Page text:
Last year, I received several proposals to the same “so-called lucrative business”.
It was very exciting to listen to and all of them were very passionate about this new way of making money. They individually came in all ways; be-it the corporate guys, students, young and old among others. I truly admired their sales abilities that would only be matched by probably the aggressive Insurance sales agents. They spoke of how they were making money and just bragged about amassing that kind of wealth without a hustle.
This was a contrary to many Ugandans who will not tell you or anyone else how well they are doing financially, even to the extent of not disclosing to their spouses and their best friends. These guys always talked good about their weekly earning which of-course could make you smell a rat.
Unlike Brian, many business savvy individuals were busy signing up to earn make a cool USD 100.00 (approx UGX 250,000/=) weekly. This however, didn’t last long as the story is now very different a couple of months later. What started as a rumour was confirmed when officials from Uganda’s Central Bank (BoU) and several other countries in Africa and beyond declared this “so-called lucrative business” a pyramid scheme.
All of a sudden, all the vibrant sales people that were everywhere went silent. It was Telex FREE.
Since then, many people have given testimonies of how they declined these sweet deals with some going ahead to brand the culprits of the scheme as shallow minds and so forth. Personally, I haven’t heard from the so-called investors and I am sure not many (if any) have heard from them which is a sign of shame and guilt.
Today, I take a different perceptive to share two lessons of what we can learn from the Telex FREE scandal. And these are;
# LESSON 1: UNDERSTANDING A PYRAMID SCHEME
A pyramid scheme (also known as gift circles) is an unsustainable business model that involves promising participants, payment or services, primarily for enrolling other people into the scheme, rather than supplying any real investment or sale of goods or services to the public. A successful pyramid scheme combines a fake yet seemingly credible business with a simple-to-understand yet sophisticated-sounding money-making formula which is used for profit.
The essential idea is that an impostor (call him Investor) makes only one payment. To start earning, the Investor has to recruit others like him who will also make one payment each. The Investor gets paid out of receipts from those new recruits. They then go on to recruit others. As each new recruit makes a payment, the Investor gets a cut. He is thus promised exponential benefits as the “business” expands.
Such “businesses” rarely involve sales of real products or services to which a monetary value might be easily attached. However, sometimes the “payment” itself may be a non-cash valuable. To enhance credibility, most such scams are well equipped with fake referrals, testimonials, and information. The weakness is that there is no end benefit. The money simply travels up the chain. Only the originator (sometimes called the “pharaoh”) and a very few at the top levels of the pyramid make significant amounts of money. The amounts dwindle steeply down the pyramid slopes. Individuals at the bottom of the pyramid (those who subscribed to the plan, but were not able to recruit any followers themselves) end up with a deficit.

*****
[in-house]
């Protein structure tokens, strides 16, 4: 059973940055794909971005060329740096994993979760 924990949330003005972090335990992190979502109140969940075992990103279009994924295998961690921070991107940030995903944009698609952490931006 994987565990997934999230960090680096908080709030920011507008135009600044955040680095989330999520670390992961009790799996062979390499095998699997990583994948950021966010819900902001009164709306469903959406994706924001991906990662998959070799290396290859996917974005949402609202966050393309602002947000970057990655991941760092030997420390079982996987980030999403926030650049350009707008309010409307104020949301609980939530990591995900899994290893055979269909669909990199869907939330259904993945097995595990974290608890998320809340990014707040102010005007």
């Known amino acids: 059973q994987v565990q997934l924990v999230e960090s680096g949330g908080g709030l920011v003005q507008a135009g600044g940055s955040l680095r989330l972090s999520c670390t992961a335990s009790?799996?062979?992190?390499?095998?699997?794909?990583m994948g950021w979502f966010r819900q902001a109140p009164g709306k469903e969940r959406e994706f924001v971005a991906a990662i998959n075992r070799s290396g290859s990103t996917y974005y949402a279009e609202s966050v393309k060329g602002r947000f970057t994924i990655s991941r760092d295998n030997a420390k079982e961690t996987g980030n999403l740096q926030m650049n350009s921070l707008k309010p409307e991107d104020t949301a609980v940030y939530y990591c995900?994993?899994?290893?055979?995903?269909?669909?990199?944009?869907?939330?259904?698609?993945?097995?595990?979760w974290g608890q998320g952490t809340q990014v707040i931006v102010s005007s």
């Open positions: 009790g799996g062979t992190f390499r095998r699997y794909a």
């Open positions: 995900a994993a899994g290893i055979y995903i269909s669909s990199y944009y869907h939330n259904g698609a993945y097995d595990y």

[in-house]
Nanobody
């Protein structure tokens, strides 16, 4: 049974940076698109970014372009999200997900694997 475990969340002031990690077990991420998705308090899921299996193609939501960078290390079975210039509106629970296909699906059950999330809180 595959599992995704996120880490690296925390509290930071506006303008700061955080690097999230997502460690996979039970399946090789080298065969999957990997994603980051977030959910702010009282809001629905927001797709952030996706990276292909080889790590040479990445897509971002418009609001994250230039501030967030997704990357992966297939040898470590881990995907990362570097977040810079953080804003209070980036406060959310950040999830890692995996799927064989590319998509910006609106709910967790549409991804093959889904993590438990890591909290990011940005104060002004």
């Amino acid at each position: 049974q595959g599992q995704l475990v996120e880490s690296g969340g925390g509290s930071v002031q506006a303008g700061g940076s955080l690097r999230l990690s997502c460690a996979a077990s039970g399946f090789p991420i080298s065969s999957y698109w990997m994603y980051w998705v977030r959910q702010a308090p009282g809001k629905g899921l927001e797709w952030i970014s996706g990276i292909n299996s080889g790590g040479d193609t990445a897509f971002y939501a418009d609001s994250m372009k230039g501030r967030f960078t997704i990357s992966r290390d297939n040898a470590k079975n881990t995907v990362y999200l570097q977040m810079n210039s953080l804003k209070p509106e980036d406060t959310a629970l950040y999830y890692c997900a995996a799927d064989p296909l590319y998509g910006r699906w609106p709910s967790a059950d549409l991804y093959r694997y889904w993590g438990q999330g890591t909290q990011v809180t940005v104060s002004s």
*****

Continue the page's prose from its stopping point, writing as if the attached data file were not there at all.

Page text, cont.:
The network marketing or multi-level marketing business has become associated with pyramid schemes. Many multi-level marketing schemes simply use the product to hide their pyramid structure. While some people call multi-level marketing schemes in general “pyramid selling, others use the term to denote an illegal pyramid scheme masquerading as multi-level marketing schemes.
Not all multilevel marketing plans are legitimate. If the money you make is based on your sales to the public, it may be a legitimate multilevel marketing plan. If the money you make is based on the number of people you recruit and your sales to them, then it’s a pyramid scheme.
Ethical companies are about products FIRST.
In a pyramid scheme, people are compensated for selling the business opportunity. The higher you are in the pyramid, the more money you make. But in this system, members of the pyramid make money when people JOIN, not when they SELL SOMETHING. This is the critical difference between a pyramid scheme and a legitimate network marketing or direct sales opportunity. In a legitimate company, if the person you recruit doesn’t sell something, you don’t make money.
A pyramid scheme is similar to a Ponzi scheme in that both are based on using new investors’ funds to pay the earlier backers. One difference between the two schemes is that the Ponzi mastermind gathers all relevant funds from new investors and then distributes them. Pyramid schemes, on the other hand, allow each investor to directly benefit depending on how many new investors are recruited. In this case, the person on the top of the pyramid does not at any point have access to all the money in the system. For both schemes, however, eventually there isn’t enough money to go around and the schemes unravel.